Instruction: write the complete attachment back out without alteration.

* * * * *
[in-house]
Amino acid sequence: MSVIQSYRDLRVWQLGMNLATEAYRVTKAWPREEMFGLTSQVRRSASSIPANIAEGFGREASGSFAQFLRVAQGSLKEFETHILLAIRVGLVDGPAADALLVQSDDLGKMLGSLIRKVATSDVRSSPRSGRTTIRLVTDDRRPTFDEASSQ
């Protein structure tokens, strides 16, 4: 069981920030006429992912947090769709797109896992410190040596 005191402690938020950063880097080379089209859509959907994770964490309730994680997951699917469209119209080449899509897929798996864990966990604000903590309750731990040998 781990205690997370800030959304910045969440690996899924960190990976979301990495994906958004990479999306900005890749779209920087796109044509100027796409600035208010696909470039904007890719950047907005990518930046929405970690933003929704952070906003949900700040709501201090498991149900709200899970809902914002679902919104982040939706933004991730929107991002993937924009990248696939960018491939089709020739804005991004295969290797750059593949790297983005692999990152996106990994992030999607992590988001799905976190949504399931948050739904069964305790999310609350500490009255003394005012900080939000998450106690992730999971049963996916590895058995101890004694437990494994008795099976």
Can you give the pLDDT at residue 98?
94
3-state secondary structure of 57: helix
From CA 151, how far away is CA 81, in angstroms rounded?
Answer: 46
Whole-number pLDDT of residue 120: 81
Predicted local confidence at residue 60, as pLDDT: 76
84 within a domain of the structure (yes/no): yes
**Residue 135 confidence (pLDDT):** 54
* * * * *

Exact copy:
[in-house]
Amino acid sequence: MSVIQSYRDLRVWQLGMNLATEAYRVTKAWPREEMFGLTSQVRRSASSIPANIAEGFGREASGSFAQFLRVAQGSLKEFETHILLAIRVGLVDGPAADALLVQSDDLGKMLGSLIRKVATSDVRSSPRSGRTTIRLVTDDRRPTFDEASSQ
């Protein structure tokens, strides 16, 4: 069981920030006429992912947090769709797109896992410190040596 005191402690938020950063880097080379089209859509959907994770964490309730994680997951699917469209119209080449899509897929798996864990966990604000903590309750731990040998 781990205690997370800030959304910045969440690996899924960190990976979301990495994906958004990479999306900005890749779209920087796109044509100027796409600035208010696909470039904007890719950047907005990518930046929405970690933003929704952070906003949900700040709501201090498991149900709200899970809902914002679902919104982040939706933004991730929107991002993937924009990248696939960018491939089709020739804005991004295969290797750059593949790297983005692999990152996106990994992030999607992590988001799905976190949504399931948050739904069964305790999310609350500490009255003394005012900080939000998450106690992730999971049963996916590895058995101890004694437990494994008795099976």
Can you give the pLDDT at residue 98?
94
3-state secondary structure of 57: helix
From CA 151, how far away is CA 81, in angstroms rounded?
Answer: 46
Whole-number pLDDT of residue 120: 81
Predicted local confidence at residue 60, as pLDDT: 76
84 within a domain of the structure (yes/no): yes
**Residue 135 confidence (pLDDT):** 54